India, under the guidance of its National Planning Committee, NITI AAYOG, has launched an energy revolution, referred to as “the Methanol Economy.” This revolution will transition India’s energy economy from fossil fuels, wood and low-grade solid fuels to clean-burning, low carbon, liquid fuel—methanol fuel.
The revolution embraces fuel for engines, turbines, boilers, fuel cells and simple cookstoves. It will impact automobile, truck and bus transport, marine transport, electricity generation, heating and cooling, and even cooking.
This event kicks off the methanol for cooking program. The Government of Assam, through its Assam Petro-chemicals Ltd. (APL) company, has purchased methanol cookstoves from CleanCook Sweden AB and will launch them in the APL community. With the support of the Methanol Institute and Project Gaia, Inc., the Government of Assam and NITI AAYOG will assess the use and acceptance of the cookstoves in preparation for a national plan for clean cooking.
There are three important reasons for India’s bold action.
Methanol fuel may be made from any carbon source, including recycled carbon. This includes carbon emitted from industrial stacks or mined from landfills. It includes carbon wasted when gas is flared or when methane leaks from a landfill. It even includes carbon that is taken out of the atmosphere. Thus, methanol represents an important greenhouse gas reduction and climate change mitigation strategy for India—and one which the world could follow.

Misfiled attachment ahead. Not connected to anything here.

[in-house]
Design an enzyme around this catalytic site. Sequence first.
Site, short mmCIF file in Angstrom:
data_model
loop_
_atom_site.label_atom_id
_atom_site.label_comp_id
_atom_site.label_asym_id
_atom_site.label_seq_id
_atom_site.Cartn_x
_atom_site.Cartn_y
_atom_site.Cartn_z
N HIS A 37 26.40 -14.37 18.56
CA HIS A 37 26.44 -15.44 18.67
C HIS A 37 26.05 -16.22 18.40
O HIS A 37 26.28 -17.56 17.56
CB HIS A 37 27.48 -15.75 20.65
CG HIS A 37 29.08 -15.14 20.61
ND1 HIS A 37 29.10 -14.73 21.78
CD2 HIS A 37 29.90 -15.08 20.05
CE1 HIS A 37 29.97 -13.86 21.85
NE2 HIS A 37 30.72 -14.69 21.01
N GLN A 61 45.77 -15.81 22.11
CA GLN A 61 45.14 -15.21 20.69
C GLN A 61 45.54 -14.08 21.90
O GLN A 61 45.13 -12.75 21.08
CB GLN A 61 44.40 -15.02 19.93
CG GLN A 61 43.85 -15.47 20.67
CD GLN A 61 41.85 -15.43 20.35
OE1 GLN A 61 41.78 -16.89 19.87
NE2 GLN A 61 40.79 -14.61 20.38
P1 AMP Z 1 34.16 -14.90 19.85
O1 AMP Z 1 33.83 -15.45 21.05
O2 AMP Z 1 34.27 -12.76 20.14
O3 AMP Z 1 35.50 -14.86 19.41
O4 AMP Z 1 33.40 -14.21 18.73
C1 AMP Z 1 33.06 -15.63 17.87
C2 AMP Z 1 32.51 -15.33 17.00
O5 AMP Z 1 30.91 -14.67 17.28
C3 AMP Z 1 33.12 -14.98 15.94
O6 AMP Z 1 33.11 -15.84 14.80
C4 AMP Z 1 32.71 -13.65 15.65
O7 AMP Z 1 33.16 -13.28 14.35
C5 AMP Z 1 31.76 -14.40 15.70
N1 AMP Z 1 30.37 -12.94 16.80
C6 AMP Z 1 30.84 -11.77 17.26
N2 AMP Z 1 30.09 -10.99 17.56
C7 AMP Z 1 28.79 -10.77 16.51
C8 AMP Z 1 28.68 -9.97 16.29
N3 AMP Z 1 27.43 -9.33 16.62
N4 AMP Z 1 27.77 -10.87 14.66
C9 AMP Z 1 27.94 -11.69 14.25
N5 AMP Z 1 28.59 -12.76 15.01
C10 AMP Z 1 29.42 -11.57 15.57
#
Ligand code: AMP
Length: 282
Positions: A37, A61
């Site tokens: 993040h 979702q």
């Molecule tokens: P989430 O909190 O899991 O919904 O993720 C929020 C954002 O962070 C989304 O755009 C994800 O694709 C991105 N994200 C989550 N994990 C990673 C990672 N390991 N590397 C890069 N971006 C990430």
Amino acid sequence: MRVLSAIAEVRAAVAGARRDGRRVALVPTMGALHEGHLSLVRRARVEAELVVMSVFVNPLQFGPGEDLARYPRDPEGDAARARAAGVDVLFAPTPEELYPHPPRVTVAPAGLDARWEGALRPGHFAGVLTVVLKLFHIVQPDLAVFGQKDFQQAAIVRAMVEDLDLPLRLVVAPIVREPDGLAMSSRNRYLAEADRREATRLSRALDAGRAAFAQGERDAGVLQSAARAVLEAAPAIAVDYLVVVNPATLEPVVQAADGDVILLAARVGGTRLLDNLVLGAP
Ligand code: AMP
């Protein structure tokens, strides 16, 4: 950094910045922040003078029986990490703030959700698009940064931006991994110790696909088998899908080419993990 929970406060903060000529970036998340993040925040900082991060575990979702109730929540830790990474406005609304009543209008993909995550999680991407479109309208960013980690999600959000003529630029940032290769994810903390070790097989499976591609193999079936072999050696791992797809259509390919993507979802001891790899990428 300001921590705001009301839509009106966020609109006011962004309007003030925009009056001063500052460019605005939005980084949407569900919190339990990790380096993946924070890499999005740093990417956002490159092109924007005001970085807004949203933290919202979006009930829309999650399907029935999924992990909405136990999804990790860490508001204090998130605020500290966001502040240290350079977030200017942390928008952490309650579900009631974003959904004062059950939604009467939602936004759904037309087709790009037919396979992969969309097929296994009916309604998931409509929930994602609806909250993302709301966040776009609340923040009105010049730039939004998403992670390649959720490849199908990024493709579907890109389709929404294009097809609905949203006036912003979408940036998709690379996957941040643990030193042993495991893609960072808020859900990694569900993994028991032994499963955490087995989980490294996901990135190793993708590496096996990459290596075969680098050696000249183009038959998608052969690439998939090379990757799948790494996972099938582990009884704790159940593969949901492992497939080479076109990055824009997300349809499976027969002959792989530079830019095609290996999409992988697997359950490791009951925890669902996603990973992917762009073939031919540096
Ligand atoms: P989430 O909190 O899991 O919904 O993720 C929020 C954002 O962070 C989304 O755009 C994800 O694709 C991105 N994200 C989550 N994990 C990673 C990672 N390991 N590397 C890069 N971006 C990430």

Methanol is a hydrogen fuel (it contains more hydrogen than liquid hydrogen) that burns easily and cleanly in engines and in simple devices like cookstoves. The use of methanol in place of diesel, petrol or kerosene, or wood and charcoal, eliminates pollution—namely black carbon or soot particles (PM2.5), carbon monoxide (CO), and volatile organic compounds (VOCs) like benzene. When methanol burns, it converts to carbon dioxide and water vapor. If the carbon in the fuel comes from recycled carbon, then the combustion process is carbon neutral.
Black carbon, CO and VOCs are extremely harmful to health. These pollutants are encountered as ambient air pollution (city smog) and indoor air pollution. They sicken and kill more people, according to the World Health Organization, than any other environmental killer. Only the switch to clean burning fuels like methanol can reduce or eliminate this risk.
Methanol allows India to move away from dependence on imported fossil fuels. India can produce all the methanol it needs to fuel its economy from stored, wasted and renewable resources within India. The Methanol Economy is a circular economy that enables the reuse of resources over and over again. As with any resource recycling, this creates jobs, livelihoods and wealth—the opportunity for India to support itself and become energy independent.
These are three reasons for India’s bold action—its launch of the Methanol Energy Revolution. Dr. V.K. Saraswat, Member of the NITI AAYOG and an important thought leader in this transition to clean energy, will keynote the inaugural ceremony.